Scudder v. Jones
|04 November 1892
|134 Ind. 547,32 N.E. 221
|SCUDDER v. JONES.
|Indiana Supreme Court
OPINION TEXT STARTS HERE
Appeal from circuit court, Shelby county; W. H. Bainbridge, Special Judge.
Action by Benjamin Scudder against Thomas S. Jones to set aside an assessment levied against plaintiff's land for the cost of constructing a public ditch. From a judgment for defendant, plaintiff appeals. Reversed.Adams, Michener & Carter, for appellant. Hord & Adams, for appellee.
The appellant sought to have an assessment levied against his land for the cost of constructing a public ditch set aside. The ground upon which he asks relief is that he did not receive notice of the proceedings, and that there was an entire failure to give notice. It appears that on the 14th day of May, 1887, a petition praying for the construction of the ditch was filed by the appellee in the Shelby circuit court; that such proceedings were had as resulted in the usual interlocutory and final orders. After the final order giving effect to the prior reports and orders was entered, the complaint of the appellant was filed. A special finding was made, and a conclusion of law was thereon stated, to which the appellant properly excepted, so that, so far as he is concerned, the question presented for our decision arises upon that exception. The argument of the appellee's counsel makes it proper to consider points made by them before directing attention to the special finding. The contention of counsel is that the pleading of the appellant is a mere motion to dismiss, and not part of the record, because not incorporated in the bill of exceptions. Counsel are right in asserting that a motion to dismiss must be made part of the record by a bill of exceptions or by a special order. Sample v. Carroll, 32 N. E. Rep. 220, (this term;) Railway Co. v. McDaneld, (Ind. App.) 31 N. E. Rep. 836, See, also, authorities cited in Elliott, App. Proc. §§ 190, 191, 814. But the appellee is wrong in assuming that the pleading is a mere motion to dismiss. On the contrary, it professes to be a complaint; its substance makes good its profession, and it was so treated by the parties, and the trial court. If it were granted that the appellant chose the wrong remedy, we could not, in such a case as this record presents to us, reverse the judgment if no other errors were committed. The general rule unquestionably is that an objection that a party has mistaken his remedy must be appropriately made in the trial court. See authorities cited in Elliott, App. Proc. §§ 658-679. We cannot, however, agree that there was a mistake in electing to proceed by complaint instead of by motion, for our judgment is that the remedy pursued is appropriate. Where a final order or judgment is assailed because jurisdiction of the person was not acquired, it is proper to attack the proceedings by a complaint. It is, indeed, proper in many cases where there is an entire and complete absence of notice to make the question on appeal an original one. As we have said, the complaint was not questioned in the trial court, and we may add that there is here no assignment of cross errors, so that we cannot consider any objections to the complaint that do not go to the substance in the strictest and most rigid sense, if, indeed, we can properly consider any objections at all. In view of the theory assumed in the trial court and the presence of the special finding in the record, it is quite doubtful whether we can properly consider any objections, no matter what their character, to the pleadings, and certainly we cannot give effect to those here urged by the appellee. It is, at all events, quite clear that we cannot hold the complaint bad because it does not show that there was not a waiver of notice. We have no doubt upon the proposition that notice may be waived, and is ordinarily waived, by an appearance without due objection. Sunier v. Miller, 105 Ind. 394, 4 N. E. Rep. 867. See, also, authorities cited in Elliott, Roads & S. 243. But we cannot hold that the appellee can here avail himself of the rule stated, for the complaint certainly states facts sufficient to make such a prima facie case as will bar another action, and that is enough to protect it against an original attack in this court. See authorities cited in Elliott, App. Proc. §§ 471-473. Our general conclusion upon the branch of the case which affects the matter of pleading is that the objection that the complaint is not sufficient to present any questions upon the special finding is untenable.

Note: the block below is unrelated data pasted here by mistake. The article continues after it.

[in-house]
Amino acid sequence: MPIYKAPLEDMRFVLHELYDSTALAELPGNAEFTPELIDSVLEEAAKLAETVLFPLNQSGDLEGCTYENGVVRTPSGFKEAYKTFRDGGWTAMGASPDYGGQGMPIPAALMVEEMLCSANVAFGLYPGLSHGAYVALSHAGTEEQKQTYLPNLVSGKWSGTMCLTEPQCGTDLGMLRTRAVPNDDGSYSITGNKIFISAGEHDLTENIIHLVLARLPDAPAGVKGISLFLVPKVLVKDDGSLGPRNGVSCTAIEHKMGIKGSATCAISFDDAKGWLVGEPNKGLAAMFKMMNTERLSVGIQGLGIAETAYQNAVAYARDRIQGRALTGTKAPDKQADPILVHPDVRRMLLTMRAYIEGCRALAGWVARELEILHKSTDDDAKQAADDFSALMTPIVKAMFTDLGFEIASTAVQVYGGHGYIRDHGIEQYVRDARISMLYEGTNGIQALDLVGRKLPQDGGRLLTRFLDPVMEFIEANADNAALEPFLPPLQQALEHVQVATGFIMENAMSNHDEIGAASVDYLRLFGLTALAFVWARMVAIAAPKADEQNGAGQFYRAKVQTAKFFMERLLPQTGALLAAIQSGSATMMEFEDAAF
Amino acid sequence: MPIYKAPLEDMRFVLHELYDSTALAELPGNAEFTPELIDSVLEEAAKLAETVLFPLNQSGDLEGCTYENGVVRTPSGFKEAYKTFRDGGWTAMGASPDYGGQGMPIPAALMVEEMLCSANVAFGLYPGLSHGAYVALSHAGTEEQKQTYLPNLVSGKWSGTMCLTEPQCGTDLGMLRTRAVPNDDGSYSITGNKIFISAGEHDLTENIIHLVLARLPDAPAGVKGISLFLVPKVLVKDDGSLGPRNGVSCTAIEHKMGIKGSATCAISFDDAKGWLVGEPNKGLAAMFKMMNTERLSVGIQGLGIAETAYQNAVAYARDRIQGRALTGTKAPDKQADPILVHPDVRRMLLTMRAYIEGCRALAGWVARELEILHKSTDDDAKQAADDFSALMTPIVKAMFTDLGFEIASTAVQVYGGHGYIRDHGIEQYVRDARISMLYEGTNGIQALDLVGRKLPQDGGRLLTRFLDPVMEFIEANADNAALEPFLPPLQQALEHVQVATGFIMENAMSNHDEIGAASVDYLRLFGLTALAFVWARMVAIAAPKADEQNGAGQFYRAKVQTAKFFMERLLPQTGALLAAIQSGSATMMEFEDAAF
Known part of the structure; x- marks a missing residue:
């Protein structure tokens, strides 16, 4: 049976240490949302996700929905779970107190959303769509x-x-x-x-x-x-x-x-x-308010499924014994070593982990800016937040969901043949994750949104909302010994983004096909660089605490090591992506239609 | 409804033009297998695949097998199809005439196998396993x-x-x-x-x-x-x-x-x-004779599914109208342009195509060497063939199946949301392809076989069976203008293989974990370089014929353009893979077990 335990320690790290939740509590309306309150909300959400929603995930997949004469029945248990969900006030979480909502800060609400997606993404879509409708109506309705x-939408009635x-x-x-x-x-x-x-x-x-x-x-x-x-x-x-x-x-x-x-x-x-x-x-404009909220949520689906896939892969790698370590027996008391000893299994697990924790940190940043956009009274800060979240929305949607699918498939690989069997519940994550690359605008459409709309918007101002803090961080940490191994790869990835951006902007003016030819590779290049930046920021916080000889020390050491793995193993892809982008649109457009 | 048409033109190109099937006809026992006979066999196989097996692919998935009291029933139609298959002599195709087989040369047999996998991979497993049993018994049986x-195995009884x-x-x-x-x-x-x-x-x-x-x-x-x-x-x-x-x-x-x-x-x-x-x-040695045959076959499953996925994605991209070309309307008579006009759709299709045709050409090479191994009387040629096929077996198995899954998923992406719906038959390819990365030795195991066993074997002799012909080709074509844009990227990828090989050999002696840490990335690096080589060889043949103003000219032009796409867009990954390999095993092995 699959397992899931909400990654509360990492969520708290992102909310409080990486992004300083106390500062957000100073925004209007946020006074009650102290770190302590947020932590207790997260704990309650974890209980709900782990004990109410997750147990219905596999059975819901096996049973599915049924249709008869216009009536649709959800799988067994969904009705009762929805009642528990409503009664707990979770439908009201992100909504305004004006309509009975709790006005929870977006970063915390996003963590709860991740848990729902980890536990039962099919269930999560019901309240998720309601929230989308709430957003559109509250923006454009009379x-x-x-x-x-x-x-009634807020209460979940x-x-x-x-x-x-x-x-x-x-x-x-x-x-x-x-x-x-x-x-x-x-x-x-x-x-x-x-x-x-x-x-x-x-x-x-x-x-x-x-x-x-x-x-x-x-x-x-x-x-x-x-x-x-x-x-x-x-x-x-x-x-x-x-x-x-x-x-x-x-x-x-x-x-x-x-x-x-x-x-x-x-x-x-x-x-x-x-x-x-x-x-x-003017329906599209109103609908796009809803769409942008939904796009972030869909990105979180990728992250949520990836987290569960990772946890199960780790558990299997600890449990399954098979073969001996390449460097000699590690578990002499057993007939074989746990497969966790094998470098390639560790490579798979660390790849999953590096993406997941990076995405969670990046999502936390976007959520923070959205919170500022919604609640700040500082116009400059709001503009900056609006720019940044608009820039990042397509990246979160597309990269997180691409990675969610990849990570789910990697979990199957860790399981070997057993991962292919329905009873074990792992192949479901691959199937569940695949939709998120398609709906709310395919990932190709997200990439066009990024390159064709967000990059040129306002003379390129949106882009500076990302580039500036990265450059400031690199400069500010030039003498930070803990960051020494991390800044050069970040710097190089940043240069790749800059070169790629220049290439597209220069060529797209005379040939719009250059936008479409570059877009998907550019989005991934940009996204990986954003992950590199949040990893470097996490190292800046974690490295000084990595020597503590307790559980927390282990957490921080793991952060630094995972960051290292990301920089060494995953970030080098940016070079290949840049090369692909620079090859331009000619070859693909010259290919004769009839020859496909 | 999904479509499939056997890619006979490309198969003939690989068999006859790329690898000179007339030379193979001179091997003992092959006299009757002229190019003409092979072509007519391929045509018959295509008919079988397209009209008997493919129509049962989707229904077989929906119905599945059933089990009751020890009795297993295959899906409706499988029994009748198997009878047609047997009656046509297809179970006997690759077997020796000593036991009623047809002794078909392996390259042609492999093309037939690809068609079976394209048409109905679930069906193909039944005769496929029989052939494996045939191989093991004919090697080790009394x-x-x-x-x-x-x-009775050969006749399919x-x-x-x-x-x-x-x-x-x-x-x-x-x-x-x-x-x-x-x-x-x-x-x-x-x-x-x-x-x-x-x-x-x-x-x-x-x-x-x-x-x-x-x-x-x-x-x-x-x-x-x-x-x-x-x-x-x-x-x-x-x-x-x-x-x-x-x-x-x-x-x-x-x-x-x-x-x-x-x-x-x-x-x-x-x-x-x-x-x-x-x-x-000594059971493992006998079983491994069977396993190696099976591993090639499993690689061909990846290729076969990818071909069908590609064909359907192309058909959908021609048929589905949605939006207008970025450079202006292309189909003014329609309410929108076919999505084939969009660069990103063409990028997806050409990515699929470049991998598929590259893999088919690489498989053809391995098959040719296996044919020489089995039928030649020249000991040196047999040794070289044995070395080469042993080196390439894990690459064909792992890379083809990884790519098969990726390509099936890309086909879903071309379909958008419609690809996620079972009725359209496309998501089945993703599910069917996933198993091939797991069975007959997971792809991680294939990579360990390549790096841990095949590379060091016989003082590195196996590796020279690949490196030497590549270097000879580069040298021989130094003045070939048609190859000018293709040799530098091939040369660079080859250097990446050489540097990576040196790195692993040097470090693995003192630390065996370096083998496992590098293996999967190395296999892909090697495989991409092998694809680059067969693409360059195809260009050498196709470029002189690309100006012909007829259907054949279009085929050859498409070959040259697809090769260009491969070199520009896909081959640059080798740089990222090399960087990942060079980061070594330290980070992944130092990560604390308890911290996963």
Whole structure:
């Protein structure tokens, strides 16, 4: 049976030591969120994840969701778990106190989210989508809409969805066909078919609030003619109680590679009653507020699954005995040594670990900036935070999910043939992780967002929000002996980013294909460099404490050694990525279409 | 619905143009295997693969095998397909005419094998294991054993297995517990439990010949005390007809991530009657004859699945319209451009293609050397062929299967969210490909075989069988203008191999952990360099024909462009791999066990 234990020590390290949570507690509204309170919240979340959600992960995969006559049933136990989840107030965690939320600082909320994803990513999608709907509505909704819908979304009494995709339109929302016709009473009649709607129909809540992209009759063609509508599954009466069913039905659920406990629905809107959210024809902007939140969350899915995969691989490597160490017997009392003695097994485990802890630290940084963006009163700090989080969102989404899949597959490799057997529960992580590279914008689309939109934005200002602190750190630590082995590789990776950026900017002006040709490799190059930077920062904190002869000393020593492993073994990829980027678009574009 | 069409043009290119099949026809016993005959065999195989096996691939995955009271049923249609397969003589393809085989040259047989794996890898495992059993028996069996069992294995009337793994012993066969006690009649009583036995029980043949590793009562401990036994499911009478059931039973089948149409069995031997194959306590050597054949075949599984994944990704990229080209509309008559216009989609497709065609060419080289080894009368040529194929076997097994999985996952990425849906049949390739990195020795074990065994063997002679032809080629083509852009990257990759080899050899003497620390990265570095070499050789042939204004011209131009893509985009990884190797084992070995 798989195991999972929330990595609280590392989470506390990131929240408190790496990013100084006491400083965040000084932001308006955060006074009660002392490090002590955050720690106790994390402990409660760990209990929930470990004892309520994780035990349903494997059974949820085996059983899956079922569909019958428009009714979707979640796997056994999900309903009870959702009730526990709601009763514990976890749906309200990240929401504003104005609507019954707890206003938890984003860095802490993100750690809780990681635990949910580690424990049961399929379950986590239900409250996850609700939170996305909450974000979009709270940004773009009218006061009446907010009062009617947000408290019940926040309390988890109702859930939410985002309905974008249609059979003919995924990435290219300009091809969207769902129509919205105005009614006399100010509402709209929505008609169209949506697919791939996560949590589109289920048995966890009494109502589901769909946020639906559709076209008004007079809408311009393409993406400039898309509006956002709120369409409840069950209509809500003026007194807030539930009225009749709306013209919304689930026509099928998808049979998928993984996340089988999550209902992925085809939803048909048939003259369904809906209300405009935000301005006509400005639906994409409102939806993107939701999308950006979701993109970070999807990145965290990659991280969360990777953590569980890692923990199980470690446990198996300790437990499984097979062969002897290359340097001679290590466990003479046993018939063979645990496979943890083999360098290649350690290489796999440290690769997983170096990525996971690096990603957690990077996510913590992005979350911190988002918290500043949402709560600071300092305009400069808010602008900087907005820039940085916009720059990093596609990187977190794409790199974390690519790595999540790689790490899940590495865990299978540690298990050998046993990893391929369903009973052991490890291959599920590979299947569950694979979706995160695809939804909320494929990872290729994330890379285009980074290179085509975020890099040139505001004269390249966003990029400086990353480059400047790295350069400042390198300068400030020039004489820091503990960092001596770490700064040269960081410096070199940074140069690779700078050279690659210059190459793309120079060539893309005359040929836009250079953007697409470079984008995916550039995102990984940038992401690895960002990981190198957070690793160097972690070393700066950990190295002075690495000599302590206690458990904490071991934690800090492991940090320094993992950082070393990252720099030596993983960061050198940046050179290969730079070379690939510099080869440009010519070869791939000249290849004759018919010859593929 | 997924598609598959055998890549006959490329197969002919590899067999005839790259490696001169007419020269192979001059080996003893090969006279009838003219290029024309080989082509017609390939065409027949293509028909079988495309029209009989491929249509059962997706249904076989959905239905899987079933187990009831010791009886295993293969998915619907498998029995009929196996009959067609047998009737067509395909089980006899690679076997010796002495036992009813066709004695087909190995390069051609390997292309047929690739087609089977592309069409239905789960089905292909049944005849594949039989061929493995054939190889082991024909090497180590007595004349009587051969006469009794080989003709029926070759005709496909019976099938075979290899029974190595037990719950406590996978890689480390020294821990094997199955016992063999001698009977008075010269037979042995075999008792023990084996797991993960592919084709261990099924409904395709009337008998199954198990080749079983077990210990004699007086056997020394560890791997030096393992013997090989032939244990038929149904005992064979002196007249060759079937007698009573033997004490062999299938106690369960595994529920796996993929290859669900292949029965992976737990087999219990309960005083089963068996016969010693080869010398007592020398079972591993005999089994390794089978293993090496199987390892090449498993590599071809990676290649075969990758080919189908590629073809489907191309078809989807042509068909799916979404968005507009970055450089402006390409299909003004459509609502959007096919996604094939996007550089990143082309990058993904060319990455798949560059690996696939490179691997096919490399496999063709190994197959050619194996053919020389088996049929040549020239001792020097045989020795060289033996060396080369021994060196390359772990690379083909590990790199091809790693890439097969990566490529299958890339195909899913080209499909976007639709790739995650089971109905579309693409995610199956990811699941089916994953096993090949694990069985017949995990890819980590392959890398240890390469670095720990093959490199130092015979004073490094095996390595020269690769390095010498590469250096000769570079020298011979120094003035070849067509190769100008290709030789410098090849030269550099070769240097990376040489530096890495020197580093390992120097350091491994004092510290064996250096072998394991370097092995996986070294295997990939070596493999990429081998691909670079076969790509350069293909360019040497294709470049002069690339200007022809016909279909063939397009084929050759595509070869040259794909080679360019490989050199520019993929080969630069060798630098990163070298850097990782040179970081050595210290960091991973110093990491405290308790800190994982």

The facts exhibited in the special finding are, in substance, these: Scudder was the owner of the land assessed at the time the petition for the ditch was filed, and the ditch runs through the land. “He was not personally in court,” nor present by counsel during the proceedings. He was not “served personally with notice of the original petition, and no notices of the same were posted in the township where the proposed ditch would cross his land, but he lived only a short distance from the land on which the ditch was to be constructed, and had personal knowledge of its location very soon after it was located.” He had likewise “personal knowledge of the filing of the report and of the amount of the assessment reported against him before the expiration of ten days from the filing of the report.” He had “also knowledge of the work being done upon the ditch, and of money being expended in the construction thereof, and, knowing these facts, took no legal steps to prevent such work while the same was being done;” nor did he take such steps until he was notified to pay his assessments. The proceedings on the appellee's petition, except as to notice to the appellant, were regular. The conclusion of law stated is that “Scudder is not entitled to any relief under his complaint.” An assessment levied...
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